The Perron Institute is kicking commercial goals, courtesy of big sales royalties and a planned ASX listing.
The Perron Institute has provided a rare example of a Perth-based medical research centre delivering big commercial returns.
The not-for-profit group has 16 research groups investigating neurological diseases such as stroke, Parkinson’s and motor neurone disease.
Its biggest breakthrough was the development nearly a decade ago of drugs for treating Duchenne muscular dystrophy.
US pharmaceutical company Sarepta Therapeutics signed a licence agreement in 2013 allowing it to commercialise Perron’s research.
Sarepta has subsequently gained approval from the US Food and Drug Administration to market three different drugs.
Its commercial success is flowing back to Western Australia in the form of lucrative royalties, which are paid via the University of Western Australia.
Regulatory filings lodged by Sarepta in the US reveal it has paid $US19.9 million ($A25 million) to UWA over the past five years. Sarepta also revealed the total payments could be up to $US56 million ($A72 million), subject to regulatory and sales milestones.
A UWA spokesperson has confirmed these amounts and disclosed that it distributes up to 84 per cent of the money it receives to the inventors of the drugs and the Perron Institute, over the effective life of the various patents.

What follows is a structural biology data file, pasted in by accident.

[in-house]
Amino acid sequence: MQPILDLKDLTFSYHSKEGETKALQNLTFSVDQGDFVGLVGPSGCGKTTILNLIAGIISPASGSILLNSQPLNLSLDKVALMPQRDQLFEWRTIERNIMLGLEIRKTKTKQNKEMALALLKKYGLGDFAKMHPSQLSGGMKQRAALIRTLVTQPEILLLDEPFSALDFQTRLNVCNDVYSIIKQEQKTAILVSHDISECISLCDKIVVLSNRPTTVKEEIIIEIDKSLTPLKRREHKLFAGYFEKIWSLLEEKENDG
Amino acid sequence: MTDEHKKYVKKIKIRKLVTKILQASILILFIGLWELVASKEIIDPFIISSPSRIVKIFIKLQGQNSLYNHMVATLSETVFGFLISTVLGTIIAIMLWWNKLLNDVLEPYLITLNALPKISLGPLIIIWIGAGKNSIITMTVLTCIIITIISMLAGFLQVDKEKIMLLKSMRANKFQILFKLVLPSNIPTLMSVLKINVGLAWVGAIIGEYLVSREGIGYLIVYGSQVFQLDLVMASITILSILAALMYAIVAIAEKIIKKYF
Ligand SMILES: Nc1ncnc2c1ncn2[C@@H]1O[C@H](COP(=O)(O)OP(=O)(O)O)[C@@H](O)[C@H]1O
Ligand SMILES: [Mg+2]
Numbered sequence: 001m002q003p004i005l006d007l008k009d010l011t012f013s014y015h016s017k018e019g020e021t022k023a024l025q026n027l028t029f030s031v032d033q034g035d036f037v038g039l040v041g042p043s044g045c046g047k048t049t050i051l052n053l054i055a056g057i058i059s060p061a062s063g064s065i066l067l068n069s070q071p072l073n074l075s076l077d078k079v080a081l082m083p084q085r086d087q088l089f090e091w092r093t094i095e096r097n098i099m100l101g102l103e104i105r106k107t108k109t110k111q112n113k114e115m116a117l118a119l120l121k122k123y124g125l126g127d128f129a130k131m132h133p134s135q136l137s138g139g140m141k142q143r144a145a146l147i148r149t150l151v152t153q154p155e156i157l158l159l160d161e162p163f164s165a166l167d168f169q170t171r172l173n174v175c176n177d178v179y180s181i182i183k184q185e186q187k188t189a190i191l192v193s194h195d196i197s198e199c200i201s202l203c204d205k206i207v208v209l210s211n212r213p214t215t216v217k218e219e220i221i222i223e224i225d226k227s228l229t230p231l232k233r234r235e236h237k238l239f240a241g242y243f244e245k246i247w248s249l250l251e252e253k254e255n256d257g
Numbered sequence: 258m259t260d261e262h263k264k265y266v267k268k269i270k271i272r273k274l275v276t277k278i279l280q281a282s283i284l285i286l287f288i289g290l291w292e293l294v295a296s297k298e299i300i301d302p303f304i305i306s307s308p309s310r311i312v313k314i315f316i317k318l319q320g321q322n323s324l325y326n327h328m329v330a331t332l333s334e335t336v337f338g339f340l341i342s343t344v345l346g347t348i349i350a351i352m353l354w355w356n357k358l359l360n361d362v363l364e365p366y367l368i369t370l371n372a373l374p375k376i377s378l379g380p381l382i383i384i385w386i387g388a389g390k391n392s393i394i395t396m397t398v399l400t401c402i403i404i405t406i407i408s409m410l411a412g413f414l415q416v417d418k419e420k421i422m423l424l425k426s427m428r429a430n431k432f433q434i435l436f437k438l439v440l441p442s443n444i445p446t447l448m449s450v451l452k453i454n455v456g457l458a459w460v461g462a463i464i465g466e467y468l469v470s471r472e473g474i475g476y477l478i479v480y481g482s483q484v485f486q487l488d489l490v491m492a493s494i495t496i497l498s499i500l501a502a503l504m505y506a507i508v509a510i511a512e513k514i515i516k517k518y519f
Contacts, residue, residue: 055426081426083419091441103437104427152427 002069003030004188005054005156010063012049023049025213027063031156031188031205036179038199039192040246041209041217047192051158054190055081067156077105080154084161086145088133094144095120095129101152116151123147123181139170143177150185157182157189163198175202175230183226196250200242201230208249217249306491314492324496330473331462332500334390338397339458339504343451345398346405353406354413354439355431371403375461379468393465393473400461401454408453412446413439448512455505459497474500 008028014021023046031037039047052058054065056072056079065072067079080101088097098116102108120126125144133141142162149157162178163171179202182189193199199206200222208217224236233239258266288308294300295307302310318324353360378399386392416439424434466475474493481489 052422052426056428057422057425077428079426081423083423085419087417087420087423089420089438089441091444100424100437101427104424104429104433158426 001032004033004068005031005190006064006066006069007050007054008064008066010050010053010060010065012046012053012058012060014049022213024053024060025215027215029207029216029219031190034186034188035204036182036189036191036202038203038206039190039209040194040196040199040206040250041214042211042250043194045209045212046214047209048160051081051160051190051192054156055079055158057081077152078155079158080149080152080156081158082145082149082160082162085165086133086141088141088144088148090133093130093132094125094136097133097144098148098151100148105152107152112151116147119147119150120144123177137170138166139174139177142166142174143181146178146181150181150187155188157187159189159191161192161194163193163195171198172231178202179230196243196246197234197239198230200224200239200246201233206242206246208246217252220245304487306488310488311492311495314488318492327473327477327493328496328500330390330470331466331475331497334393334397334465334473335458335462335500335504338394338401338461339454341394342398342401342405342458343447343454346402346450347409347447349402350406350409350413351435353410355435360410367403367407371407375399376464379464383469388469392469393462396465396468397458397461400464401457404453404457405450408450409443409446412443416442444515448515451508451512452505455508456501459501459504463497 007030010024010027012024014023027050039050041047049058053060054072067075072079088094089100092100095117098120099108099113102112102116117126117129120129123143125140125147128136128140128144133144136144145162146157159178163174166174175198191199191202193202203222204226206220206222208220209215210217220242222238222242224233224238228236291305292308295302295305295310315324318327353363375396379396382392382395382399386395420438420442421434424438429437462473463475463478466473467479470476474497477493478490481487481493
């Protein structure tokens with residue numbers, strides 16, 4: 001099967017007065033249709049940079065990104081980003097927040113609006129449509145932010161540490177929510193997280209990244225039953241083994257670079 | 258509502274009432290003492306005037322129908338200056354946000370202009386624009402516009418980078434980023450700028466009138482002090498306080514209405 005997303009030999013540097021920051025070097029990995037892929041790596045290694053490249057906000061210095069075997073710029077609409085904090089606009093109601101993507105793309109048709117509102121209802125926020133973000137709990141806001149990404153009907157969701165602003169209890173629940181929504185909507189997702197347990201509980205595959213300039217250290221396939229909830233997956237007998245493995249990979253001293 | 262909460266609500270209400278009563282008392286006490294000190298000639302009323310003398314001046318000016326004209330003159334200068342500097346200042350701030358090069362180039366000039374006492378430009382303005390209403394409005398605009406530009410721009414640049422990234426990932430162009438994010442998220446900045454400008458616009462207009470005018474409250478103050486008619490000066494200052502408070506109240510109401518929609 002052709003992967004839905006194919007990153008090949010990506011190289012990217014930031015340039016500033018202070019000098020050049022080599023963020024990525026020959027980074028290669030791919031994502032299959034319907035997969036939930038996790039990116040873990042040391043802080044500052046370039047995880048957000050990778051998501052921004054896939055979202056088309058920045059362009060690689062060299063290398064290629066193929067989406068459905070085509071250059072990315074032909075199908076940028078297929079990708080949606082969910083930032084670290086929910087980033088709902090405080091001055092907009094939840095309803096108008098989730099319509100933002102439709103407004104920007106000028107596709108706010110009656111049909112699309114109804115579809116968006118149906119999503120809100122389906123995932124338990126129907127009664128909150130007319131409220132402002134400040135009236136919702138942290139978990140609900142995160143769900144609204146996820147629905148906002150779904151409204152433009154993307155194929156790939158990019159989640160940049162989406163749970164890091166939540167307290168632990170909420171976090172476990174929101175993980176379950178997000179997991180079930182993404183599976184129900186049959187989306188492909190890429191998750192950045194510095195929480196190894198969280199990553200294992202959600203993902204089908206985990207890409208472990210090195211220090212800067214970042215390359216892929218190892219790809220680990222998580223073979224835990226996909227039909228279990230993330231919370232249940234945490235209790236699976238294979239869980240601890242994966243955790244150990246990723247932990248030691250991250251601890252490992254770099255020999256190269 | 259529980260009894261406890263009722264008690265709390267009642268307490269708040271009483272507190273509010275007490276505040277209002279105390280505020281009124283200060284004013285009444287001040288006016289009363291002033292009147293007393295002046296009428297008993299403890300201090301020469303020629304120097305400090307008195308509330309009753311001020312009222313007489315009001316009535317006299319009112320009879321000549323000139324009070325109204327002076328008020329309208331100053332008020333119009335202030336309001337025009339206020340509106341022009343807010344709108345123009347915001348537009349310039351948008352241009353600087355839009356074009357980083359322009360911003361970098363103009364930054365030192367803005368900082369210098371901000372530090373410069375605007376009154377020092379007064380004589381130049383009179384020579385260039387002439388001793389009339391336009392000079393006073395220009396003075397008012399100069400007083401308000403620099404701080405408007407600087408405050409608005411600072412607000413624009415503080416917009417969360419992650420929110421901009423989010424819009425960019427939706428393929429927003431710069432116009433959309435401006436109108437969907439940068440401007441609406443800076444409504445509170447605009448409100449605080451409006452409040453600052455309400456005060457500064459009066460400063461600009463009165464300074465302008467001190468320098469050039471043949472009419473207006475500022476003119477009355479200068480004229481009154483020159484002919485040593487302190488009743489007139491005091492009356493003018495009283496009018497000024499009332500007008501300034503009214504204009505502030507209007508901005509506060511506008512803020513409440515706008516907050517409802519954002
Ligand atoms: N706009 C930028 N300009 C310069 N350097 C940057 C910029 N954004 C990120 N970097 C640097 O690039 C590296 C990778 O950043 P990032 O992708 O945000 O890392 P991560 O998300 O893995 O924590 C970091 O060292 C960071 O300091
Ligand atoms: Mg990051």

Perron has been paid $8.7 million over the past five years, including nearly $3 million in each of the past two years.
With Sarepta recently gaining FDA approval for its third drug, these payments are likely to increase.
The royalty payments provide a very handy boost for Perron, which had total income of $9.8 million in 2019.
Mr Arnott said any money Perron received was reinvested into research.
“The game is to get the research into the community,” he said.
“It’s the translation we focus on.”
“In totality, their work leading to the approval of three drugs is a rare achievement, something most scientists strive for but do not often accomplish in their entire careers,” he said.
Collectively, the three drugs can treat almost 30 per cent of patients diagnosed with Duchenne, which is the most common childhood form of muscle wasting.
Most children with Duchenne require a wheelchair before their early teens.
Professor Wilton said the platform technology developed for Duchenne muscular dystrophy was currently being applied to other diseases.
“We are exploring the application of this approach to many serious conditions, such as asthma, motor neurone disease, multiple sclerosis and possibly even COVID-19 infections,” he said.
UWA said the money it retained from the Sarepta royalties would be used to support costs associated with patenting and proof-of-concept of new UWA innovations and other research-related initiatives.
“We are very proud of the significant difference UWA research, together with the Perron Institute, is making in improving health outcomes and quality of life for patients with neurological conditions,” the spokesperson said.
Perron is not the only WA entity to achieve breakthrough success in the US.